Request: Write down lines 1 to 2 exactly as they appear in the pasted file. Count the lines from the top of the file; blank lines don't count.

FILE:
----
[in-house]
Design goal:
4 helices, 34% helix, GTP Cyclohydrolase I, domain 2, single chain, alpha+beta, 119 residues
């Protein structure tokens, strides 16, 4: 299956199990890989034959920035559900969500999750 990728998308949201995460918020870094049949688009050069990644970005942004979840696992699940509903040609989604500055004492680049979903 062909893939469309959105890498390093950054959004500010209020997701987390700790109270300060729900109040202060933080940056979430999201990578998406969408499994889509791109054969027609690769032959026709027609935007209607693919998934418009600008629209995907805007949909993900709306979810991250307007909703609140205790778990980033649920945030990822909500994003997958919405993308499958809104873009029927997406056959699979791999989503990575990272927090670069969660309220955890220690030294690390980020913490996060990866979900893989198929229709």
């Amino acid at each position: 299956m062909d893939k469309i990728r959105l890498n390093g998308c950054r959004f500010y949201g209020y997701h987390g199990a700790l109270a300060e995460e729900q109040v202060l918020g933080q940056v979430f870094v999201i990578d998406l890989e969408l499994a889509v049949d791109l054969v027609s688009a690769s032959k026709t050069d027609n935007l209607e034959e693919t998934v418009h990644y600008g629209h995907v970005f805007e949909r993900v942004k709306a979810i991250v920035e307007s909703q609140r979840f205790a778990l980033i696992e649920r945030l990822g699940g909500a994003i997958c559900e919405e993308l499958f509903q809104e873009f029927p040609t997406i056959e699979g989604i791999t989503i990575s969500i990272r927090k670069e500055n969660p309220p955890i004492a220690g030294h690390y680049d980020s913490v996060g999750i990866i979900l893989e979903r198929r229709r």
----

[in-house]
Design goal: